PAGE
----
Mr Creasy is in many respects an exception to the norm, including the fact he is generally not a director of companies he backs.
His approach is like that of a venture capitalist – investing in a portfolio of tech ventures in the hope that one of them proves to be a big hit.
In Mr Creasy’s case, he has had two particularly big hits.
The first came in 1994, when he famously sold the Bronzewing and Jundee gold deposits to Joe Gutnick’s Great Central Mines for $130 million.
The second came via Sirius Resources and its Nova nickel discovery, which is now being developed into a mine.
It was Mr Creasy who originally pegged the tenements at Nova and subsequently vended them into Sirius when it was a startup in 2010.
In line with his normal approach, he retained a 30 per cent direct stake in Nova and took a similar shareholding in Sirius.
Mr Creasy subsequently benefited in three ways.
First, the value of his Sirius shares soared after the Nova deposit was discovered.
Second, Sirius bought his direct stake in Nova for 70.6 million shares, $28 million in cash and a 0.5 per cent royalty on future production.
Third, he agreed this year to accept Independence Group’s scrip takeover of Sirius.
Mr Creasy now holds an 18.6 per cent shareholding in Independence worth $310 million, $75 million in cash, and a 34.6 per cent stake in spin-out explorer S2 Resources.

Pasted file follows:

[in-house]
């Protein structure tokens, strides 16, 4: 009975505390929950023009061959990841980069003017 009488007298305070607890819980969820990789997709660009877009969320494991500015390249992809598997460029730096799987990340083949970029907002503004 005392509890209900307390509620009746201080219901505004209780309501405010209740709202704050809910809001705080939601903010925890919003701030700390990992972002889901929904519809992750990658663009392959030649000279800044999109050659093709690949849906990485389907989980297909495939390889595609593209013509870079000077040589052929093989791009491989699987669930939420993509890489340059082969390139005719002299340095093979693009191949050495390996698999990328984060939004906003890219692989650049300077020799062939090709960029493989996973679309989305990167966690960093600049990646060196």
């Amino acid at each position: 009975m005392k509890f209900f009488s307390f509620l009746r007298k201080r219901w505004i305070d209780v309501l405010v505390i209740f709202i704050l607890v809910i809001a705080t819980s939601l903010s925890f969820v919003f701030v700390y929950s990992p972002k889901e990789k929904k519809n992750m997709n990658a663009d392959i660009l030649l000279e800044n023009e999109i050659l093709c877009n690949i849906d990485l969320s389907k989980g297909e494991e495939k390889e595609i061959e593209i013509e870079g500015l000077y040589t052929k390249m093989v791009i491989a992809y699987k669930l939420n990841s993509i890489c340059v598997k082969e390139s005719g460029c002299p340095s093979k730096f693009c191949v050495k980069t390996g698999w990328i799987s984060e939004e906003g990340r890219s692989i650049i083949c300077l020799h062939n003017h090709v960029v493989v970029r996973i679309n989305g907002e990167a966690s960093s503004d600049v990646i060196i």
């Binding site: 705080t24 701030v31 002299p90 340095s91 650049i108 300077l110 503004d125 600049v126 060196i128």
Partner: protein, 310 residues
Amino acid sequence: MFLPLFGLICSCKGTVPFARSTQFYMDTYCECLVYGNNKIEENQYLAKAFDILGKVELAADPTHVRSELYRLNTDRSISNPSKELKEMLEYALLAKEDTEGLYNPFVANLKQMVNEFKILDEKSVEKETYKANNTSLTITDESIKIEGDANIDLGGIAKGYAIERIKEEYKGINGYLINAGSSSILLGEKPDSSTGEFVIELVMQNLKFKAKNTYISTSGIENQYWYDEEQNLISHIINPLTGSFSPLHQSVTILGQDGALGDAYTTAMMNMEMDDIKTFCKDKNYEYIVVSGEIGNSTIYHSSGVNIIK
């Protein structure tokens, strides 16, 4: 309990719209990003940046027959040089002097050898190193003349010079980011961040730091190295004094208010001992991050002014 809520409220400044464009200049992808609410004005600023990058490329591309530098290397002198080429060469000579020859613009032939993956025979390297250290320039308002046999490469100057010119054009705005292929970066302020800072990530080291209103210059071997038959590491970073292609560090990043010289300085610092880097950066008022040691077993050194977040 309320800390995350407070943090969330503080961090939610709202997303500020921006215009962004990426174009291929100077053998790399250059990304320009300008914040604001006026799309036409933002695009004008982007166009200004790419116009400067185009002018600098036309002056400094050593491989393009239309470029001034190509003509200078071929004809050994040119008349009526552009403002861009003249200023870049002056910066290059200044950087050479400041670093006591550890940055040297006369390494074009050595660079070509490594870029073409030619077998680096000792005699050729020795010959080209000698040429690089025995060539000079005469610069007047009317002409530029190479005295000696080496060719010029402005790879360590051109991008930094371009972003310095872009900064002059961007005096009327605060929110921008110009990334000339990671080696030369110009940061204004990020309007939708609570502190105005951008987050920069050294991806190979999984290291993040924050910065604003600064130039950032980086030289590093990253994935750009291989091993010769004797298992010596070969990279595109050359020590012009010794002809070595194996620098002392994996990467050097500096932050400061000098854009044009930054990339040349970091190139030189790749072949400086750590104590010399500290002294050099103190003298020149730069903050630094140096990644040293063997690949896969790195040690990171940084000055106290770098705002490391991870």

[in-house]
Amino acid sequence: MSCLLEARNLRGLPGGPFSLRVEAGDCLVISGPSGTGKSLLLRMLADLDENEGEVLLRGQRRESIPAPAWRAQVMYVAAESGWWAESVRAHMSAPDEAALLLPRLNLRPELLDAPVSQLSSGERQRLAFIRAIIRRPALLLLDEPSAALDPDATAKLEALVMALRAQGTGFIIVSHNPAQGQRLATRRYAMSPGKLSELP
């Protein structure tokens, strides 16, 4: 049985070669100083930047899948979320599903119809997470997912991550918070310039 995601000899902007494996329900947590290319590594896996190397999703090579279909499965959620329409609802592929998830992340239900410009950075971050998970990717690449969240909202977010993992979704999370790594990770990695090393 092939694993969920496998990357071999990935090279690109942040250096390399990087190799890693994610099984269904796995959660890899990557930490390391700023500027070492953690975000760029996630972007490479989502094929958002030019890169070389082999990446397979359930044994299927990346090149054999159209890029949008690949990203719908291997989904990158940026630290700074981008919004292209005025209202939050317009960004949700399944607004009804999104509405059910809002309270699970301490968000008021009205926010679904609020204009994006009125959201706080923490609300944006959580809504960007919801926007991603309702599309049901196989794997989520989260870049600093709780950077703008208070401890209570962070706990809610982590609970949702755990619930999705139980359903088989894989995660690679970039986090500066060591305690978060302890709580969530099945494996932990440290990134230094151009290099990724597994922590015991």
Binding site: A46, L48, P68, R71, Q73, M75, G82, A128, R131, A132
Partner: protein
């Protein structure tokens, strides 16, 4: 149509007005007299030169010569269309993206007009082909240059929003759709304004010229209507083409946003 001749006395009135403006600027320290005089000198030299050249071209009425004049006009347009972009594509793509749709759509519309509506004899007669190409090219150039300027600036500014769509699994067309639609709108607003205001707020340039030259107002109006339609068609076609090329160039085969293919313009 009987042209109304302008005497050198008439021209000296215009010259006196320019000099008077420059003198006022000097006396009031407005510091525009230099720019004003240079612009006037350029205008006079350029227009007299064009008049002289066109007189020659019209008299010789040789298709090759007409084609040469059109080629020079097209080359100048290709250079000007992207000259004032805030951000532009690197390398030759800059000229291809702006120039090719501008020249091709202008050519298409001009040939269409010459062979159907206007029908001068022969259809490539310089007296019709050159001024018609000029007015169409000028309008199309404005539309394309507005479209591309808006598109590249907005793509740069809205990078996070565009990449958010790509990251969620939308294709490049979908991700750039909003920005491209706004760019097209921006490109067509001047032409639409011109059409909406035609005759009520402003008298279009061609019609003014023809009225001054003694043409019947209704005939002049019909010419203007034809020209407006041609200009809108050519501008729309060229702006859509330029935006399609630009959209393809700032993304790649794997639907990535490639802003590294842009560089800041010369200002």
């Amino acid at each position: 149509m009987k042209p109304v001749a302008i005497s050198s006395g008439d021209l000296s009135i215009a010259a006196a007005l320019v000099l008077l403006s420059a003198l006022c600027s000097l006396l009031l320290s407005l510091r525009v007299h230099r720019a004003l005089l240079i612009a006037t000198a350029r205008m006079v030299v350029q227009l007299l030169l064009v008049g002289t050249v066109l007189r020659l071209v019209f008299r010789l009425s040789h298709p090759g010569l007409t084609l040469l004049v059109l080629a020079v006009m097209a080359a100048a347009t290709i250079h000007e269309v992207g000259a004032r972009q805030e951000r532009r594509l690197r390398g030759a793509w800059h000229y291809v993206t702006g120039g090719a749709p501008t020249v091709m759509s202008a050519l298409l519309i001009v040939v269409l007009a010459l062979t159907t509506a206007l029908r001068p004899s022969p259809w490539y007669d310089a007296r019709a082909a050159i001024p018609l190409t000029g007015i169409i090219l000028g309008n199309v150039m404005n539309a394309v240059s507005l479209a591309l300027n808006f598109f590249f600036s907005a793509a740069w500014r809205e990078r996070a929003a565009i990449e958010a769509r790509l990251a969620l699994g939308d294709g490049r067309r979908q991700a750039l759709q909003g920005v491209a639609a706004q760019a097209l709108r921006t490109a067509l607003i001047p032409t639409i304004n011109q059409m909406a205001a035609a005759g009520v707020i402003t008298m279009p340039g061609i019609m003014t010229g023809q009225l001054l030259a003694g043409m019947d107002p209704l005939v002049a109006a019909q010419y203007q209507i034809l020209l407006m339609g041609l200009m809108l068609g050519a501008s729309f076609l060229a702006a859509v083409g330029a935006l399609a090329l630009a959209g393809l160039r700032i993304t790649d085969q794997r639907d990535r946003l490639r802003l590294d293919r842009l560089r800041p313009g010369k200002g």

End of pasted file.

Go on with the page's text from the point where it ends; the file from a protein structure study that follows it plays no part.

Putting those together with the $28 million cash he got last year, he has affectively turned a parcel of remote tenements in the Goldfields into assets worth a combined $420 million.
His unlisted interests include a majority shareholding in White Rivers Exploration, which last year established an exploration and development joint venture for its Beisa project in South Africa with Harmony Gold Mining.
Mr Creasy also holds a number of properties in West Perth, and no doubt many other assets out of the public eye.
“The focus has never changed,” Mr Beament told Business News.
“I’ve always had the belief that if you run a business it has to make money, and that’s the beauty about being a mining engineer.